I have quite a few Alice Hoffman books on my shelves: Practical Magic, Green Heart, River King… plus, my autographed copy of The Museum of Extraordinary Things. I find wisdom in many of her books, and great truth in this Wednesday’s quote from her:

“It is the deepest desire of every writer, the one we never admit or even dare to speak of: to write a book we can leave as a legacy. And although it is sometimes easy to forget, wanting to be a writer is not about reviews or advances or how many copies are printed or sold. It is much simpler than that, and much more passionate. If you do it right, and if they publish it, you may actually leave something behind that can last forever.” – Alice Hoffman

Here’s to writing something worthy of good reviews, an advance, lots of copies printed and sold – and most importantly – a book worthy of leaving behind when my time has run out.

Like my posts? Why not stop by my Amazon page and buy one of my books? Thanks, and have a magical week. – Vonnie

 

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small owl light When I see a new review for my book has been published on a website, I always hold my breath for a moment as I click on the link. It shouldn’t matter what a reviewer thinks about my writing – but it does!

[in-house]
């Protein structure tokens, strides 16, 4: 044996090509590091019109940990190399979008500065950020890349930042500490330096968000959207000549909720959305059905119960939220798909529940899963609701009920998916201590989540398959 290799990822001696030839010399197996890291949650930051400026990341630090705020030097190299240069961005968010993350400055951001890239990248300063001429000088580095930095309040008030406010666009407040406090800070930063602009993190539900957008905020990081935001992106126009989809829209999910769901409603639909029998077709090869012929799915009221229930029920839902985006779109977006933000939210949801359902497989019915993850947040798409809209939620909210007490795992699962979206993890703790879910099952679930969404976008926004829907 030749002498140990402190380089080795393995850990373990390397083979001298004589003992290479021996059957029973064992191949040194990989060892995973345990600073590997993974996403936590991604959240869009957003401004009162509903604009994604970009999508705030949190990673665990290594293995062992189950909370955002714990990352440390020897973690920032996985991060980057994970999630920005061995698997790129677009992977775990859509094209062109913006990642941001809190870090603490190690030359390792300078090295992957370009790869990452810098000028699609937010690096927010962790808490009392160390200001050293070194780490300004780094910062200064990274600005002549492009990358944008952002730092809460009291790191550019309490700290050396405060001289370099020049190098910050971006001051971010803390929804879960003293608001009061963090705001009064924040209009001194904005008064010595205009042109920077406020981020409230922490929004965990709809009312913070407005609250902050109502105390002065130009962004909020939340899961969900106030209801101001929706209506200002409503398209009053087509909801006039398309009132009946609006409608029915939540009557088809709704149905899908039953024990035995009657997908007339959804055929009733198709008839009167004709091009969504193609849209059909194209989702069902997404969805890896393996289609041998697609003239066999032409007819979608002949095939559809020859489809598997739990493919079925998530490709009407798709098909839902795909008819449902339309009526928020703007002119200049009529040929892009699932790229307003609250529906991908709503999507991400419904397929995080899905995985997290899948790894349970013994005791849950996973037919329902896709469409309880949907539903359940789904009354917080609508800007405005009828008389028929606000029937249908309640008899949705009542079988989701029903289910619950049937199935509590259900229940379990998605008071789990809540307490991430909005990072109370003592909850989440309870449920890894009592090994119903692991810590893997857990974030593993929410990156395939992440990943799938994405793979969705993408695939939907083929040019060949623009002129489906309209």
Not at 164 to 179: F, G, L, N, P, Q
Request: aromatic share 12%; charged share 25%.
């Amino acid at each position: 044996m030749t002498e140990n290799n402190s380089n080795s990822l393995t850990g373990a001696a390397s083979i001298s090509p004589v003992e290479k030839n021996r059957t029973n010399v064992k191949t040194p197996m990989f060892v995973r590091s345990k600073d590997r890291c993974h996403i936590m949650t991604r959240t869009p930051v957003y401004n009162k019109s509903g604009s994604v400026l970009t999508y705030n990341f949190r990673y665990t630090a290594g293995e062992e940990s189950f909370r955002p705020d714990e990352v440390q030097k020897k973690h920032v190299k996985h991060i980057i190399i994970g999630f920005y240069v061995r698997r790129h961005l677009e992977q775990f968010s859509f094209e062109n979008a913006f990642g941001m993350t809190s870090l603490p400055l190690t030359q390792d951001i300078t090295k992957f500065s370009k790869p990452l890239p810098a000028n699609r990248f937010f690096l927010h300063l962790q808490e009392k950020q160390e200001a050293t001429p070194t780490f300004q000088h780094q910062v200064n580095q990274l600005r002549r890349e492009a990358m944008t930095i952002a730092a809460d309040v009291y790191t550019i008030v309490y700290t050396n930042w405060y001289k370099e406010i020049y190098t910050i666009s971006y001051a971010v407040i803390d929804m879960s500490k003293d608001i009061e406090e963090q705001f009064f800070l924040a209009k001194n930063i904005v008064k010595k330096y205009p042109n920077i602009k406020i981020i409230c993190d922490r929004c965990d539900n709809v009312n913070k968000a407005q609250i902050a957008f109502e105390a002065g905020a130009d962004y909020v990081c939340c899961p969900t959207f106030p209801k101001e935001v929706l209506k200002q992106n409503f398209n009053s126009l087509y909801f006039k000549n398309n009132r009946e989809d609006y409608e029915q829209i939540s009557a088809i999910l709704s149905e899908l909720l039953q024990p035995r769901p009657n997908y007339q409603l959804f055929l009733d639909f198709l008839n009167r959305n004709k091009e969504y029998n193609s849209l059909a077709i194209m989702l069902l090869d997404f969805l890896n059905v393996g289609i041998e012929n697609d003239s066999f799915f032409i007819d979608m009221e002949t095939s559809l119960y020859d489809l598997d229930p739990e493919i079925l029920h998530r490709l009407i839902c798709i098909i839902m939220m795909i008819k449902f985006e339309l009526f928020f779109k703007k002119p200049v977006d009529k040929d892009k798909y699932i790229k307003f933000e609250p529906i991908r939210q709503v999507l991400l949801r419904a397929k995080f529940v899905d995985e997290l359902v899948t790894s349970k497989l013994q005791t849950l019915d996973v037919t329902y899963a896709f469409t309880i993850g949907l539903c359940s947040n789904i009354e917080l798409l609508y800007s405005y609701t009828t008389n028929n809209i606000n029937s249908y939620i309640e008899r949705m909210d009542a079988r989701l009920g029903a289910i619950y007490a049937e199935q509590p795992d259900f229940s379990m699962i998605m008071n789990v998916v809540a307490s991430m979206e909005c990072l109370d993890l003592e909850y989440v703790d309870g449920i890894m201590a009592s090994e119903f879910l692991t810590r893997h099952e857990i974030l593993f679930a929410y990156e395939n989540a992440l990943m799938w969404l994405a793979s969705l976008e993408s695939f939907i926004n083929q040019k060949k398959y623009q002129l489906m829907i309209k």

Many thanks to reviewer January Gray for her kind words. A sample quote: “A very pleasurable and magical book you will read over and over.” Thanks to January, also, for her 5 Star rating on Amazon. To read all of January’s comments about Owl Light, visit her webpage.

Owl Light has 5 reviews, all 5 Stars. Woot! I hope some of you might be interested in buying and reading this collection of science fiction, fantasy, steampunk, and ghost-tale stories. (And please post a review so I can read what YOU thought about Owl Light).

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0061-eWomenNetwork Thanks to Gail Z. Martin, author of Deadly Curiosities (and many other books), for stopping by and sharing some background information on Voodoo and Hoodoo as used in her urban fantasy novel and story series.

Voodoo and Hoodoo in the Holy City of Charleston, SC by Gail Z. Martin

“Welcome to Charleston, South Carolina, often called the ‘Holy City’ for its large number of beautiful churches. But the gracious lifestyle of Charleston’s wealthy planter-aristocrats was made possible by slavery, and in the years leading up to the Civil War, Charleston was the top port for slaves coming into the United States and for slaves being bought and sold.